Countries with significant deforestation include Thailand, Brazil, the Congo and Indonesia, as well as parts of Eastern Europe, according to GRID-Arendal, a UN Environment Programme collaborating center. (See References 4) Environment Deforestation affects the earth’s physical environment by causing soil erosion, poor water quality, reduced food security and impaired flood protection, according to a report from the World Resources Institute. Because forests are the source of employment and food for many people, their destruction can cause mass migration to cities.
With the influence that tropical forests have on weather, particularly rain, deforestation can cause altered weather patterns. (See References 3) Biological Diversity When massive swaths of forest are destroyed, species loss follows. Tropical areas, like Brazil’s rain forests, have the world’s highest concentrations of biologically diverse species. When the habitat for plants and animals is cut down or burned, species that may not be present anywhere else on Earth disappear. In addition, deforestation of tropical forests leaves many species of migrating birds without a winter home. See References 3) Climate Change Deforestation is a main cause of the higher concentrations of greenhouse gases in the atmosphere. In particular, deforestation causes high levels of carbon dioxide: it is released when forests are burned or when they decompose, and when trees that used to take in this carbon dioxide are cut down, levels rise. Greenhouse gases are trapped in the atmosphere and act as a barrier for heat that would normally be released into space; as a result, temperatures across the globe rise and change rainfall patterns, ice cover and sea levels.
Control Measures Reducing emissions Major international organizations, including the United Nations and the World Bank, have begun to develop programs aimed at curbing deforestation. The blanket term Reducing Emissions from Deforestation and Forest Degradation (REDD) describes these sorts of programs, which use direct monetary or other incentives to encourage developing countries to limit and/or roll back deforestation. Farming New methods are being developed to farm more intensively, such as high-yield hybrid crops, greenhouse, autonomous building gardens, and hydroponics.
These methods are often dependent on chemical inputs to maintain necessary yields. In cyclic agriculture, cattle are grazed on farm land that is resting and rejuvenating. These systems have low dependence on fossil fuels and agro-chemicals, are highly self-maintaining, highly productive, and with strong positive impact on soil and water quality, and biodiversity. Monitoring Deforestation Reducing and monitoring deforestation is a new chapter of this dense keywords lifetime.
There are multiple methods that are appropriate and reliable for monitoring deforestation. One method is the “visual interpretation of aerial photos or satellite imagery that is labor-intensive but does not require high-level training in computer image processing or extensive computational resources”.  Another method includes hot-spot analysis (that is, locations of rapid change) using expert opinion or coarse resolution satellite data to identify locations for detailed digital analysis with high resolution satellite images.
Forest management Efforts to stop or slow deforestation have been attempted for many centuries because it has long been known that deforestation can cause environmental damage sufficient in some cases to cause societies to collapse. Reforestation In many parts of the world, especially in East Asian countries, reforestation and afforestation are increasing the area of forested lands.  The amount of woodland has increased in 22 of the world’s 50 most forested nations. Asia as a whole gained 1 million hectares of forest between 2000 and 2005.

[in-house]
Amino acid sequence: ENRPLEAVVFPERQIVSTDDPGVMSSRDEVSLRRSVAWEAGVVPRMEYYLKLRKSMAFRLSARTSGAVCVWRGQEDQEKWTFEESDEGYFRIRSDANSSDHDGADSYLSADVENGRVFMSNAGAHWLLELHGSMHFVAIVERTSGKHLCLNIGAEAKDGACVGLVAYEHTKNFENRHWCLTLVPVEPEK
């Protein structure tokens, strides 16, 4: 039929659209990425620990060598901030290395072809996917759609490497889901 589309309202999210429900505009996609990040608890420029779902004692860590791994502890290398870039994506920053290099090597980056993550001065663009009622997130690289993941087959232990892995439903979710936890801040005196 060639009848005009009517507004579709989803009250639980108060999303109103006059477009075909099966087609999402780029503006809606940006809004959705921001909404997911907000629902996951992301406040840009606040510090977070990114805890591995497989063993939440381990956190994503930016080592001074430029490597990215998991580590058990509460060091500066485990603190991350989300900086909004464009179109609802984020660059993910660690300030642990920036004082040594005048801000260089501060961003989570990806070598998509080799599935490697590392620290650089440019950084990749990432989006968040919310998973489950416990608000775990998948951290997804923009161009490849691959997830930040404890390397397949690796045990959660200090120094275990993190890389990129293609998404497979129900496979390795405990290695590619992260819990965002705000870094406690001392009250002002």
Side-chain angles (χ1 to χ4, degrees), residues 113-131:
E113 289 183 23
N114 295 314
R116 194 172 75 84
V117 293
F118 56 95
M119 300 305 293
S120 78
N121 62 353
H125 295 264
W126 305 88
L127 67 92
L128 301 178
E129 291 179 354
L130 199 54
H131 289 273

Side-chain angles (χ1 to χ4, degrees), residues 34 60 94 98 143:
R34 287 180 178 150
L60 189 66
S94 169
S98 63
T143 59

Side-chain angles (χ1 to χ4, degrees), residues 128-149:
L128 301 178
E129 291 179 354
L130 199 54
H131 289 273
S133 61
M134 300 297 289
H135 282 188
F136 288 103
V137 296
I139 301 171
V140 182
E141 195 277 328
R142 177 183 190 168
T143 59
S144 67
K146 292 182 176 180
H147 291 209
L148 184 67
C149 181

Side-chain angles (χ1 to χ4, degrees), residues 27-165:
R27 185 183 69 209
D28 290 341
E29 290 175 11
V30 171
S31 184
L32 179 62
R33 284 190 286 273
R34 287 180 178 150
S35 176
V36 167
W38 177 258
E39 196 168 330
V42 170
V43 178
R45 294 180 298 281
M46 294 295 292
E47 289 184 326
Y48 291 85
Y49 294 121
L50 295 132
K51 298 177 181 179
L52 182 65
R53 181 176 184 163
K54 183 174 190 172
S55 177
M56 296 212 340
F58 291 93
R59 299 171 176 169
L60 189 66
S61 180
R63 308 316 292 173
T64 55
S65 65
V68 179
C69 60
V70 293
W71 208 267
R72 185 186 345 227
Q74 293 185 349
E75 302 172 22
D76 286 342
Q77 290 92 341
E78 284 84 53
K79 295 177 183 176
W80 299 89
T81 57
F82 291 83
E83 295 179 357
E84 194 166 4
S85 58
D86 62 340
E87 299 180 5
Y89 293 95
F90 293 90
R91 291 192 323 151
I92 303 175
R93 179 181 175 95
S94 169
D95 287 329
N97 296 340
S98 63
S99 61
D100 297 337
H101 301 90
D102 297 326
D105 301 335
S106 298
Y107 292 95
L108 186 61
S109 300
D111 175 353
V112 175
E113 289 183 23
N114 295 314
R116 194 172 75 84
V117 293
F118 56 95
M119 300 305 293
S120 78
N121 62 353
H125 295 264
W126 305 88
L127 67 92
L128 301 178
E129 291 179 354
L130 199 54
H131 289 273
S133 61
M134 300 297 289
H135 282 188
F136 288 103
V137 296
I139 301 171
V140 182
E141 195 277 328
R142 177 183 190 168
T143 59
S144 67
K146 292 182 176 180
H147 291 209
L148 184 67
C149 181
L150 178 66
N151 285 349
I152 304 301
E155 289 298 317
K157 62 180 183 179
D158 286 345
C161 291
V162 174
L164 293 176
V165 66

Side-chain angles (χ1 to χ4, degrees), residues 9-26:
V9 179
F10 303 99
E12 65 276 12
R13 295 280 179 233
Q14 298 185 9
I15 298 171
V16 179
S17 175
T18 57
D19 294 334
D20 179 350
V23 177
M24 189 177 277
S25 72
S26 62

Tropical forest in El Salvador expanded more than 20% between 1992 and 2001. Based on these trends, one study projects that global forest will increase by 10%—an area the size of India—by 2050.  Forest plantations To meet the world’s demand for wood, it has been suggested that high-yielding forest plantations are suitable. It has been calculated that plantations yielding 10 cubic meters per hectare annually could supply all the timber required for international trade on 5% of the world’s existing forestland.
By contrast, natural forests produce about 1–2 cubic meters per hectare; therefore, 5–10 times more forestland would be required to meet demand. Biodiversity Biodiversity refers to all the different kinds of living organisms within a given area. Biodiversity includes plants, animals, fungi, and other living things. Biodiversity can include everything from towering redwood trees to tiny, single-cell algae that are impossible to see without a microscope. Kinds of Biodiversity A common way to measure biodiversity is to count the total number of species living within a particular area.
Tropical regions, areas that are warm year-round, have the most biodiversity. Temperate regions, which have warm summers and cold winters, have less biodiversity. Regions with cold or dry conditions, such as mountaintops and deserts, have even less. Importance of Biodiversity All species are interconnected. They depend on one another. Forests provide homes for animals. Animals eat plants. The plants need healthy soil to grow. Fungi help decompose organisms to fertilize the soil. Bees and other insects carry pollen from one plant to another, which enables the plants to reproduce.
With less biodiversity, these connections weaken and sometimes break, harming all the species in the ecosystem. Ecosystems with a lot of biodiversity are generally stronger and more resistant to disaster than those with fewer species. For instance, some diseases kill only one kind of tree. In the early 1900s, American chestnut blight killed most of the chestnut trees in the eastern forests of North America. The forest ecosystem survived because other kinds of trees also grew there. Uses and Values of Biodiversity Biodiversity is important to people in many ways. Plants, for instance, help humans by giving off oxygen.